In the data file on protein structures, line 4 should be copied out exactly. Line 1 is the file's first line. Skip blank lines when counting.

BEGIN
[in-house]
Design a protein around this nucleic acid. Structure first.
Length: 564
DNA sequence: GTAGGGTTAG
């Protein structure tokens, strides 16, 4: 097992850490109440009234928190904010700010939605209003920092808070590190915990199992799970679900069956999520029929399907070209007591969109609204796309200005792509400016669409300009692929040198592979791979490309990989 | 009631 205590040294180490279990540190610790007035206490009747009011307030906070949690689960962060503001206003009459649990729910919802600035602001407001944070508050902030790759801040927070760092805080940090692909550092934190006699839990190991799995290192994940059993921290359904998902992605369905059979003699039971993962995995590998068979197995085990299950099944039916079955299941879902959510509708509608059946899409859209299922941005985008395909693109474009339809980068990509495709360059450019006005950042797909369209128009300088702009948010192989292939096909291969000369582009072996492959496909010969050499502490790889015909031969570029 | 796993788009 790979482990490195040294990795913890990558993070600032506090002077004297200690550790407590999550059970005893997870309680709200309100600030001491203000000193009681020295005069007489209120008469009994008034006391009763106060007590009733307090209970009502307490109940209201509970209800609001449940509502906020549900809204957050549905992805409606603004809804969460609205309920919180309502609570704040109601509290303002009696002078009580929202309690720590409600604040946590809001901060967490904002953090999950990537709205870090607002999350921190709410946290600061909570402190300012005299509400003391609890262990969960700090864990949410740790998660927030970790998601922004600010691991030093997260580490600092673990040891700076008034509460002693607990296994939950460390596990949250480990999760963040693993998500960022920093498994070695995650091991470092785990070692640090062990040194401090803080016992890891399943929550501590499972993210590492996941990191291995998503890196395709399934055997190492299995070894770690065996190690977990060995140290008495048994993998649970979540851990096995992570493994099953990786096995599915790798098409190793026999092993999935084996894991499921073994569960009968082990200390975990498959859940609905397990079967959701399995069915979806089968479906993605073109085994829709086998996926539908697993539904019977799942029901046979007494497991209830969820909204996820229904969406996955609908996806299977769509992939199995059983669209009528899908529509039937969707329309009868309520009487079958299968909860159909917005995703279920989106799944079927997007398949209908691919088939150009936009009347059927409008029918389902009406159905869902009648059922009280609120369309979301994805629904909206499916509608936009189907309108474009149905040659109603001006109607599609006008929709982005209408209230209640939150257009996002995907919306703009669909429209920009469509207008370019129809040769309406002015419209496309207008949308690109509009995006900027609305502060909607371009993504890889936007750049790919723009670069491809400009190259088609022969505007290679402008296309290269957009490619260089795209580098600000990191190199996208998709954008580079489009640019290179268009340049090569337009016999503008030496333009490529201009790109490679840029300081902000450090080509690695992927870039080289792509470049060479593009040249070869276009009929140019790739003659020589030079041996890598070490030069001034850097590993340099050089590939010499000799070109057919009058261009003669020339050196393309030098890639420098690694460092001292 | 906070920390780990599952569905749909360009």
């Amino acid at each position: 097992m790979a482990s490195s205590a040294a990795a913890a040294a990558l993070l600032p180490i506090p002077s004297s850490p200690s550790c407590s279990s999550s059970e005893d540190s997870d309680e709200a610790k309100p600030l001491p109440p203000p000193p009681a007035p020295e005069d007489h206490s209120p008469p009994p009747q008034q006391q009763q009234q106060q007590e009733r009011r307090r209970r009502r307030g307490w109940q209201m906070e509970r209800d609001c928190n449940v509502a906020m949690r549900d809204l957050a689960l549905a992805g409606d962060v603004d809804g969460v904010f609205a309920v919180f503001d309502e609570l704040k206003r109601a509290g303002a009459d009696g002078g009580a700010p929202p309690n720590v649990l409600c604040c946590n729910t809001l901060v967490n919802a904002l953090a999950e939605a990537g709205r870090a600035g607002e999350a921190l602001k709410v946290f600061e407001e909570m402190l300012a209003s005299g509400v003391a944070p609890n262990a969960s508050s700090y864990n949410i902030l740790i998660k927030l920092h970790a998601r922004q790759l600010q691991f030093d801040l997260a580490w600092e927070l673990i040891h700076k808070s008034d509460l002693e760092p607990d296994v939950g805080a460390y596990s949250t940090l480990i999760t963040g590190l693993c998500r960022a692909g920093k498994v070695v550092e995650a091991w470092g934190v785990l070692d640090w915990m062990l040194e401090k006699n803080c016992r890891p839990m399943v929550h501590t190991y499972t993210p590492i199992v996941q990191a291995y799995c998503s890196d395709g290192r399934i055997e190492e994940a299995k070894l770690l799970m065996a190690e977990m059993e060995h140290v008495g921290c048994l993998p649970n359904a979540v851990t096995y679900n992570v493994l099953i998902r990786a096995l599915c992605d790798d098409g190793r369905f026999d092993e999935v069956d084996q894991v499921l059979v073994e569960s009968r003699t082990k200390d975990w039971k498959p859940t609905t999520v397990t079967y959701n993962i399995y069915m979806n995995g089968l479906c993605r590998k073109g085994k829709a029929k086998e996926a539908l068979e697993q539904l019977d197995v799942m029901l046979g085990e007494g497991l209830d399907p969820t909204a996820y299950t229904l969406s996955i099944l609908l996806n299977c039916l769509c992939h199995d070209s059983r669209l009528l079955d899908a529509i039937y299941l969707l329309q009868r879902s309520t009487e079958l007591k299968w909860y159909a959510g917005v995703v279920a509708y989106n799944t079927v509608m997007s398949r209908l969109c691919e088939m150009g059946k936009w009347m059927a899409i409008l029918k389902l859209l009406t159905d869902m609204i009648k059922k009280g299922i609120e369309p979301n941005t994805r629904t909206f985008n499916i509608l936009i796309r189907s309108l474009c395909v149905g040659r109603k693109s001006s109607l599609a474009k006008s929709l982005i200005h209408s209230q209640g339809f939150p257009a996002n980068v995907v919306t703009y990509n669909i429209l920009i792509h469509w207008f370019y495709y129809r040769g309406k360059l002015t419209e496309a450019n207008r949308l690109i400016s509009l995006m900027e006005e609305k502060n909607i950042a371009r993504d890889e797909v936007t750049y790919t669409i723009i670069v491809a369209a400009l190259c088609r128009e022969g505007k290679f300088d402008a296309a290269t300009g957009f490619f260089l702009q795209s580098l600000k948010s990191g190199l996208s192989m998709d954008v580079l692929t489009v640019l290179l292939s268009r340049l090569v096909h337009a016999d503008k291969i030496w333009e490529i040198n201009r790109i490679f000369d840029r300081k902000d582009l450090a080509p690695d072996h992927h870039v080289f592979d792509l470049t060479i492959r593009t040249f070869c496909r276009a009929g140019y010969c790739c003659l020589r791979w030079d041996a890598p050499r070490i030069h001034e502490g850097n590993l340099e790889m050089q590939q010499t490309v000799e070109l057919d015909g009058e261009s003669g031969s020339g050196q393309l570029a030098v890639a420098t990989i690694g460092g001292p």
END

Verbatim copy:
DNA sequence: GTAGGGTTAG